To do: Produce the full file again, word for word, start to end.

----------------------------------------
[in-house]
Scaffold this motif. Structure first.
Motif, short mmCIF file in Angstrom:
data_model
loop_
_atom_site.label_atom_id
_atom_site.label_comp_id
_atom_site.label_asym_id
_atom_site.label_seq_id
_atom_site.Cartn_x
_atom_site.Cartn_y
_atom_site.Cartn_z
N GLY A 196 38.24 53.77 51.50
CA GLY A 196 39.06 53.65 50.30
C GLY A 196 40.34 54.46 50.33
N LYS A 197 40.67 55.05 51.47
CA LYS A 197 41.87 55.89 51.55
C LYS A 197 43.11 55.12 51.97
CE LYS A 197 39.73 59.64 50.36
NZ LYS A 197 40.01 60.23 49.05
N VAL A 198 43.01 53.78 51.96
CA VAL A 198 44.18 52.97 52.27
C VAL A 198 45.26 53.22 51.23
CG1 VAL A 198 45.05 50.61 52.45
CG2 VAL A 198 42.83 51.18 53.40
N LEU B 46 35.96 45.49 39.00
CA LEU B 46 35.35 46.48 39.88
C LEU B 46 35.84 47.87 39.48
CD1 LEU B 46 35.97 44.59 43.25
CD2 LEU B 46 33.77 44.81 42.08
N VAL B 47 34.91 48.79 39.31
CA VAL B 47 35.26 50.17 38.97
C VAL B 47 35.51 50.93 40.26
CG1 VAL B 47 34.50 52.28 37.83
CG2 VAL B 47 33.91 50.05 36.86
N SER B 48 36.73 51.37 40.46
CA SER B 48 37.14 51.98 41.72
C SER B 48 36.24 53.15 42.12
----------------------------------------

[in-house]
Scaffold this motif. Structure first.
Motif, short mmCIF file in Angstrom:
data_model
loop_
_atom_site.label_atom_id
_atom_site.label_comp_id
_atom_site.label_asym_id
_atom_site.label_seq_id
_atom_site.Cartn_x
_atom_site.Cartn_y
_atom_site.Cartn_z
N GLY A 196 38.24 53.77 51.50
CA GLY A 196 39.06 53.65 50.30
C GLY A 196 40.34 54.46 50.33
N LYS A 197 40.67 55.05 51.47
CA LYS A 197 41.87 55.89 51.55
C LYS A 197 43.11 55.12 51.97
CE LYS A 197 39.73 59.64 50.36
NZ LYS A 197 40.01 60.23 49.05
N VAL A 198 43.01 53.78 51.96
CA VAL A 198 44.18 52.97 52.27
C VAL A 198 45.26 53.22 51.23
CG1 VAL A 198 45.05 50.61 52.45
CG2 VAL A 198 42.83 51.18 53.40
N LEU B 46 35.96 45.49 39.00
CA LEU B 46 35.35 46.48 39.88
C LEU B 46 35.84 47.87 39.48
CD1 LEU B 46 35.97 44.59 43.25
CD2 LEU B 46 33.77 44.81 42.08
N VAL B 47 34.91 48.79 39.31
CA VAL B 47 35.26 50.17 38.97
C VAL B 47 35.51 50.93 40.26
CG1 VAL B 47 34.50 52.28 37.83
CG2 VAL B 47 33.91 50.05 36.86
N SER B 48 36.73 51.37 40.46
CA SER B 48 37.14 51.98 41.72
C SER B 48 36.24 53.15 42.12